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Chapter 1: Modelling the Chassis - Basics
Hello and welcome to the first part of this seven-part car modelling tutorial series. In this part, we will cover using the blueprints and reference images, and modelling the basic body work.
Blueprints are very essential when modelling a car, as they will make the process easier and will ensure that the overall proportions of the model are correct (please visit www.the-blueprints.com for blueprints). I've had a few experiences where I had to model a car without blueprints, and although I enjoyed the artistic process of simply looking at the references and modelling it accordingly, and trying to camera match the image to check that it was correct overall, it's so much faster and more accurate to start with blueprints, but they're not always that easy to find (you can always make your own, though). Here are a few paths that I take, personally, when looking for blueprints. First of all I check the forums at www.smcars.net and see if the blueprint I am looking for is there. If not, I go to the manufacturer's website and check it carefully, as sometimes the blueprints are in the brochure which you can download, or order a hard copy if you have enough time. I also try to use Google's search engine to look for them, but sometimes they're simply impossible to find. Fortunately, we can find lots of blueprints for this Bugatti. It's very easy to find images for the Veyron as it's a popular car!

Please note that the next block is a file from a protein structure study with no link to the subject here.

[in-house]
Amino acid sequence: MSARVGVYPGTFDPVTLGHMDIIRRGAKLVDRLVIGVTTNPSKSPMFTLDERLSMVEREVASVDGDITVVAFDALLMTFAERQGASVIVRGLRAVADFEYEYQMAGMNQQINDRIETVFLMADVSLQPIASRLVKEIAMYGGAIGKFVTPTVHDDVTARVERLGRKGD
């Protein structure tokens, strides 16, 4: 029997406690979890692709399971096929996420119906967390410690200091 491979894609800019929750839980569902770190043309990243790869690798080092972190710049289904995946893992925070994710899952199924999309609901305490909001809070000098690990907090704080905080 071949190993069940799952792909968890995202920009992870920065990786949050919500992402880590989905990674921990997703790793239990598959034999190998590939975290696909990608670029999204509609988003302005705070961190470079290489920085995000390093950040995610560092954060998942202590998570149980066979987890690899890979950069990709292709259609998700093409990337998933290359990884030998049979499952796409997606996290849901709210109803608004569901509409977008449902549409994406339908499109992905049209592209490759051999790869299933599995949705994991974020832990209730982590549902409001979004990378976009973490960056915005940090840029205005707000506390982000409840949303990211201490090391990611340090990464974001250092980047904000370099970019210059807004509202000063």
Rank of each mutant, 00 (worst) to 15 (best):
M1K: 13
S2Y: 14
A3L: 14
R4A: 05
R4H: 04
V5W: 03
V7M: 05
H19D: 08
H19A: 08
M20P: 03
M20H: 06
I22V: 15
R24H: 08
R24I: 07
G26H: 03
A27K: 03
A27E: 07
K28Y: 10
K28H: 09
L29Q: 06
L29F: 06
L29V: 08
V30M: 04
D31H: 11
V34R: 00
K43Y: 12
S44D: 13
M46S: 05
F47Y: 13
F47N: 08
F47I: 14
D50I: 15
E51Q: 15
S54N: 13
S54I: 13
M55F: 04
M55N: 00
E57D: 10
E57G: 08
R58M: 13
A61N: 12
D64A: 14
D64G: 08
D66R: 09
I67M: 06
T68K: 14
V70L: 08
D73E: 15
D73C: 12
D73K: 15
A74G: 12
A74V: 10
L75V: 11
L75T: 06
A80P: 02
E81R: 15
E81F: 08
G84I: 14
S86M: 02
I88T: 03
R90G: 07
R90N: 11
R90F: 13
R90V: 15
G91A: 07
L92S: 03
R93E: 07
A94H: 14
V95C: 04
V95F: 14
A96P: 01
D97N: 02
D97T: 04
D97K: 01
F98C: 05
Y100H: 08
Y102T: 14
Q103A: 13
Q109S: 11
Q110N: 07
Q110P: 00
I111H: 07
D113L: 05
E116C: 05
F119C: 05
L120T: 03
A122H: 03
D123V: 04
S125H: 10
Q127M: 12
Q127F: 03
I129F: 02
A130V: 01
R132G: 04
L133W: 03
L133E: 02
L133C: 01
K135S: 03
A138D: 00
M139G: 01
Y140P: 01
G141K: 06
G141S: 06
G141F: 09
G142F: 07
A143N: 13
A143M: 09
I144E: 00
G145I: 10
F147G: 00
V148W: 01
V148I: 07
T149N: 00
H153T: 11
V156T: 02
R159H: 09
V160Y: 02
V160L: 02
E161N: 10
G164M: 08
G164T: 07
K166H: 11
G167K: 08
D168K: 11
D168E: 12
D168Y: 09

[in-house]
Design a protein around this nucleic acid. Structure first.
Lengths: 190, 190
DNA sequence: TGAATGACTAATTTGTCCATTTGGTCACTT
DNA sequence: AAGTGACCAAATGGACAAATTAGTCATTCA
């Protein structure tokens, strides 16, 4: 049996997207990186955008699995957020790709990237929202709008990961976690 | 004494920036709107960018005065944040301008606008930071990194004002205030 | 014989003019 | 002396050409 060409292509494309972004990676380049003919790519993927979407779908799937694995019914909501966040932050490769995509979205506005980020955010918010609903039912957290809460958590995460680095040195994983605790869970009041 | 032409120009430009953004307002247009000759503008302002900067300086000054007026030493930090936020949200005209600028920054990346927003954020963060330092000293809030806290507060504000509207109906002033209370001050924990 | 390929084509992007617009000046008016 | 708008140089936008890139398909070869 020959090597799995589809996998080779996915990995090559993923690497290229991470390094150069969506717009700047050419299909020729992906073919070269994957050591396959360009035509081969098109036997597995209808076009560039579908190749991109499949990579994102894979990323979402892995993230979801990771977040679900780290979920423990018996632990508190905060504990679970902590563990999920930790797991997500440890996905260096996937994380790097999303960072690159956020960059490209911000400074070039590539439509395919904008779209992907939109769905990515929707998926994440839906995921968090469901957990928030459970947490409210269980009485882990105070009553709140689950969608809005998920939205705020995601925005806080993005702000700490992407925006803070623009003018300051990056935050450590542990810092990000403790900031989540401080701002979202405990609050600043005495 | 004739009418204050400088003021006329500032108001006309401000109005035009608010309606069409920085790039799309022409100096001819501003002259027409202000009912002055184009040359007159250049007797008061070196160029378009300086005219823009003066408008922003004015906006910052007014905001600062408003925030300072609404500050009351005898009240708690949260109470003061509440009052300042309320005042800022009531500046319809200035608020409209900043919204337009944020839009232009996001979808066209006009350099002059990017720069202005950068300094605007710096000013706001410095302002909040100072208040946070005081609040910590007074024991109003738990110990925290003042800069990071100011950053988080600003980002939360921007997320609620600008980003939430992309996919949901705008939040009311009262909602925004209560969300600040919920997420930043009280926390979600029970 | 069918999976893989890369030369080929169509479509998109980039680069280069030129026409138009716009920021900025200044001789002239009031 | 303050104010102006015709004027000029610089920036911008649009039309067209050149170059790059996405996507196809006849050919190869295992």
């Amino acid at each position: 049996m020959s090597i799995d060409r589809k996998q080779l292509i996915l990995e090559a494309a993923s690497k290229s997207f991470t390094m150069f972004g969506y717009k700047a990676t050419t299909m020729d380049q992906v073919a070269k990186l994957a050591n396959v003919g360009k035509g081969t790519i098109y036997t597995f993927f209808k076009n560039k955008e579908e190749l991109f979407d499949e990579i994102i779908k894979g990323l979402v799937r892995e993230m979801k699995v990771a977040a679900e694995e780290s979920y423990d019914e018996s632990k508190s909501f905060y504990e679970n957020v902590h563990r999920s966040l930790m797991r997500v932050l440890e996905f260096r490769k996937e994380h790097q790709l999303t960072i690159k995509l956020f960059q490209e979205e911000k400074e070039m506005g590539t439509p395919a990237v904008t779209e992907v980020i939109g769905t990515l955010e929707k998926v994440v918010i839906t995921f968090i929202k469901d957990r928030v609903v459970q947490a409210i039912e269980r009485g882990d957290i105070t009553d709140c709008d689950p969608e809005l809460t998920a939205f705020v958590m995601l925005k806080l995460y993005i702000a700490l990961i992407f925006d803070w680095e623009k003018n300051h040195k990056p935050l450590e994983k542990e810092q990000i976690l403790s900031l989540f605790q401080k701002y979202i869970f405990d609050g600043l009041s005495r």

1. Now for setting the blueprints inside 3ds Max, there are many ways to do it, but here is how I've been doing it for a while now.
First of all, create a plane and have its length and width the same as in the blueprint image. You can check the blueprint dimensions in any windows folder details, or in the Photoshop image size function. Open the material editor and have the blueprint in the diffuse slot and make sure that self illumination is on (Fig01).
2. By the way, don't forget to make sure that you can display textures at their highest resolutions inside 3ds Max's real-time view port.
Go to Customize > Preferences and choose Viewports > Configure Driver and check that it's on the highest resolution, as can be seen in Fig02.
3. Now we have one plane containing all views of the blueprints. Instead of splitting them in Photoshop, I find it quicker to do it inside the 3D application that I am using. Simply convert the plane to editable poly and cut it using quick slice, cut or connect edges (Fig03).
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